Guterres added that it was time to “move into an emergency, end fossil fuel subsidies, phase out coal, set a carbon price, protect vulnerable communities, and meet our $100 billion climate finance commitment. We haven’t met those goals at this conference. But we have some The basic building blocks for progress.

 

What do developing countries want from this summit?

Developing countries are most vulnerable to the adverse effects of climate change, such as floods, droughts and wildfires. Meeting the needs of these countries will be a focal point of this world summit negotiations.

These countries view themselves as victims of climate change, while contributing modestly to greenhouse gas emissions.

This country is asking rich nations to honor their pledge of $100 billion a year to help them adapt to climate change.

It also required acknowledgment of the damage and losses it had suffered, such as the effects of rising sea levels or frequent floods.

In a statement prior to last year's climate summit, the group of least developed countries said that "raising global ambition and increasing funds to fight climate change is essential to our survival."

 

What role will Egypt play?

In addition to hosting the conference, Egypt is pushing for the major countries to implement their pledges at previous United Nations climate conferences, led by the Paris Agreement signed in 2015 and the Copenhagen Summit Agreement in 2009, where the signatories pledged to pump billions of dollars to help poor countries deal with the impact of climate change.

At last year's conference in Glasgow, UK, about five hundred global financial services companies promised $130 trillion in investments in line with the goals set out in the Paris Agreement.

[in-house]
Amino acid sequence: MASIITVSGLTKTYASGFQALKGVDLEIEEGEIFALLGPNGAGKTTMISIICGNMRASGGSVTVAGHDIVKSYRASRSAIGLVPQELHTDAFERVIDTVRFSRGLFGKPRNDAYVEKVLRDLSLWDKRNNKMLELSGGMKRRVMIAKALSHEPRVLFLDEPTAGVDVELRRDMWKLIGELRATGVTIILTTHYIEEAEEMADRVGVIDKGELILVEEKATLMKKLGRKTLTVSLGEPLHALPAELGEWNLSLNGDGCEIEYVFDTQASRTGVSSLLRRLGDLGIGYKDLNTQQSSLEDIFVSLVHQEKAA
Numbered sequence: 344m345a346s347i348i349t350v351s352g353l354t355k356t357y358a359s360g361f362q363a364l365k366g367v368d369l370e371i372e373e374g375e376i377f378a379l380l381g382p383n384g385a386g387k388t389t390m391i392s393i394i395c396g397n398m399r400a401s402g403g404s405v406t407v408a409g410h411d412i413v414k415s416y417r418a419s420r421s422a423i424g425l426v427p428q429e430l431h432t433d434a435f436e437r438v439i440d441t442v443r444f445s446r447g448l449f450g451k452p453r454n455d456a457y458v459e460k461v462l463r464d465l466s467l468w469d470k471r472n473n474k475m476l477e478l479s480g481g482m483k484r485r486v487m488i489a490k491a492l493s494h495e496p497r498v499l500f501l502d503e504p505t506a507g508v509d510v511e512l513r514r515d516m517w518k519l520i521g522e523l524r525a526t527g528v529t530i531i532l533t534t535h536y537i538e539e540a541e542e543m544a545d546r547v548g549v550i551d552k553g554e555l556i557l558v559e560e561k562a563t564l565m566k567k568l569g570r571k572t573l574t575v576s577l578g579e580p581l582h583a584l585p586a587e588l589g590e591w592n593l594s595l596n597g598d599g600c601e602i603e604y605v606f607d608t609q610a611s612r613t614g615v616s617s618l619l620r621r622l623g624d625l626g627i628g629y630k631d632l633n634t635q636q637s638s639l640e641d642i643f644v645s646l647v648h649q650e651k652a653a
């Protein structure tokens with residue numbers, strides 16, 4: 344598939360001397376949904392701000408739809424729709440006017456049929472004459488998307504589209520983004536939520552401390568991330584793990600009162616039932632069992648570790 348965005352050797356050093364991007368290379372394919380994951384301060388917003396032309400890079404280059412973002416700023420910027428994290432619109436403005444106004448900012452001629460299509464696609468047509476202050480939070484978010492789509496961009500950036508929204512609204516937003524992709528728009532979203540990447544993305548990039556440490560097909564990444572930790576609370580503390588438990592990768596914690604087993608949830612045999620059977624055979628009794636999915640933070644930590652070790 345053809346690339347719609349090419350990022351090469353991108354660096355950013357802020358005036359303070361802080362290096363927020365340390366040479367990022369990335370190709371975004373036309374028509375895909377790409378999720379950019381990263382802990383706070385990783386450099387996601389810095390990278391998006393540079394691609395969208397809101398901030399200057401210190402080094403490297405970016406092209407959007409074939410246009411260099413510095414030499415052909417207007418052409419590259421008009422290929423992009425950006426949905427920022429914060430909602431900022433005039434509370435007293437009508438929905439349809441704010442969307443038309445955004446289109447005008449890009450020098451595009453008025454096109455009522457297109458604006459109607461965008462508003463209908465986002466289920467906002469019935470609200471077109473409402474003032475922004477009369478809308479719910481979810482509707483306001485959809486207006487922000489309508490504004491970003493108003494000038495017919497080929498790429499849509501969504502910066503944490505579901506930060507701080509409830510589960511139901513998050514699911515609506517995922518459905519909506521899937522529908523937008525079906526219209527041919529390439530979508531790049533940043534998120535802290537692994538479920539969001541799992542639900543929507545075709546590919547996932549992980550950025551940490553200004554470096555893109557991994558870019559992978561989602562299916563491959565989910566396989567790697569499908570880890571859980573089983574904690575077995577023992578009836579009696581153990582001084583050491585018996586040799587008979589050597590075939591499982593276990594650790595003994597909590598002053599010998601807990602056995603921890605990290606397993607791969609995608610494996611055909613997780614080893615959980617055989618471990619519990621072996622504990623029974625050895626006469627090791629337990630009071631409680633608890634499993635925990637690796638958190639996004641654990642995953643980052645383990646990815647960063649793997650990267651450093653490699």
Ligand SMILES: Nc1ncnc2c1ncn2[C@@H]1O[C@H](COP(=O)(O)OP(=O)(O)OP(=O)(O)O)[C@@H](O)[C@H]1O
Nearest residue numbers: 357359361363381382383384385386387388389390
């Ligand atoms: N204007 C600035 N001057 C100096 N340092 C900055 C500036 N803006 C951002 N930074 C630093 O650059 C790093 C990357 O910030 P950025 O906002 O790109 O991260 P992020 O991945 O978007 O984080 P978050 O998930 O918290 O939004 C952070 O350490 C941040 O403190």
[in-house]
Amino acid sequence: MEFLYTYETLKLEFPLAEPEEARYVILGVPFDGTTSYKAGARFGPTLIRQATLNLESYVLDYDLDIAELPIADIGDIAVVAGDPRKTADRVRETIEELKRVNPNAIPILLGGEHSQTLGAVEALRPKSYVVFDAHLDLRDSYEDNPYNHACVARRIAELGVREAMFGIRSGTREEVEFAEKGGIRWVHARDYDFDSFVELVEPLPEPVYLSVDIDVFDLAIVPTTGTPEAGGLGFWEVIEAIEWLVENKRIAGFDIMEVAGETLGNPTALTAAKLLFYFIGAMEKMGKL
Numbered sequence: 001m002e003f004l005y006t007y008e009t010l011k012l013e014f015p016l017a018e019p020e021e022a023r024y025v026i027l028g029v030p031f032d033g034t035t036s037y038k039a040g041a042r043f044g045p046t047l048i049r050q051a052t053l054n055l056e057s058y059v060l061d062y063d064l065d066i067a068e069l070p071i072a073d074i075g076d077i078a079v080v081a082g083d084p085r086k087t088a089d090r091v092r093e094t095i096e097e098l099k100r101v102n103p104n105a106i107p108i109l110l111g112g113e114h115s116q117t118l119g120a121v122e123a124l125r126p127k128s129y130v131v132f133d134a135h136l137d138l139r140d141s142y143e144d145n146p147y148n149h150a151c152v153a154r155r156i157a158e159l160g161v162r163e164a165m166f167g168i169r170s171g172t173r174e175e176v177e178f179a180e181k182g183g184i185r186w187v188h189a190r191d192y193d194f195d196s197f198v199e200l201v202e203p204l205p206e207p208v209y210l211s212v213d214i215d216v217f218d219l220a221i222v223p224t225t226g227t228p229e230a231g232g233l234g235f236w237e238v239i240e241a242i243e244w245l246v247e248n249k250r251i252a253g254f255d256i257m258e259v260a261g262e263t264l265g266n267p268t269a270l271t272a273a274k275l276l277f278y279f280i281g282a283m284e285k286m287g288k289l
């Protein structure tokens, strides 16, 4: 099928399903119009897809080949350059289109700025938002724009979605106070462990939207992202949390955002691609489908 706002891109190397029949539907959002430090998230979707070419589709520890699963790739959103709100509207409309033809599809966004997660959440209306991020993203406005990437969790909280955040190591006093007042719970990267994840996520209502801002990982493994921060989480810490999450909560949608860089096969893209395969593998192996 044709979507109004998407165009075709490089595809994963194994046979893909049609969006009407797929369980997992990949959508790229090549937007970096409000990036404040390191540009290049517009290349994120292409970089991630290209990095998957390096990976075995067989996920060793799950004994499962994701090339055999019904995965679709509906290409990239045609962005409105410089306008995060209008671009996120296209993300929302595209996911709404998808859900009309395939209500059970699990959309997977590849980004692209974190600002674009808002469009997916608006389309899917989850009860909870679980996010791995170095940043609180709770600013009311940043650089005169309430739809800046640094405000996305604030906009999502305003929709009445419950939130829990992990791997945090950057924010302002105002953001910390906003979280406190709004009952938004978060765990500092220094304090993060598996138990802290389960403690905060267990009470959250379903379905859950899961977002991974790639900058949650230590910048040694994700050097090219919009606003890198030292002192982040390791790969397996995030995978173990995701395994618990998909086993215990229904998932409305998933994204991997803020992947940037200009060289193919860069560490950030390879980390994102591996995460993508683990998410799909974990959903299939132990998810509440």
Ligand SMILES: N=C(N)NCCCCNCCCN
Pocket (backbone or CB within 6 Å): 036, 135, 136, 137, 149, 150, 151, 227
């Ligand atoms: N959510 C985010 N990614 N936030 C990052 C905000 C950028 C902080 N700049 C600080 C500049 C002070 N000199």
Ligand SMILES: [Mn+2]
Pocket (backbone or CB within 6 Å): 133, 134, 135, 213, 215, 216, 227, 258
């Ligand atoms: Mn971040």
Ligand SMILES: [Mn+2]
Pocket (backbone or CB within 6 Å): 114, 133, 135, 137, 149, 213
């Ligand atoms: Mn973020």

In an interview with the BBC, Mahmoud Mohieldin, the climate leader for the Egyptian presidency and the UN Secretary-General's special envoy for financing the Sustainable Development Goals 2030, warned that the failure of the major countries to fulfill their pledges to provide $100 billion annually to developing and poor countries to confront climate change, may double their contribution. In producing harmful emissions which currently amount to 3% of total global emissions.

"The ball is now in the court of African countries to work on development projects based on green economy and clean energy, and to present them to the private sector, which pledged during the previous Glasgow summit to provide 130 billion dollars to finance these projects," Mohieldin said.

Observers believe that no matter how many files the people gathered in Sharm El-Sheikh have accomplished, they will have a lot to discuss in the following sessions, especially COP28, which will be held in the United Arab Emirates next year.

 

Source: BBC

This article was written originally in Arabic and is translated using a 3rd party automated service. ArabiaWeather is not responsible for any grammatical errors whatsoever.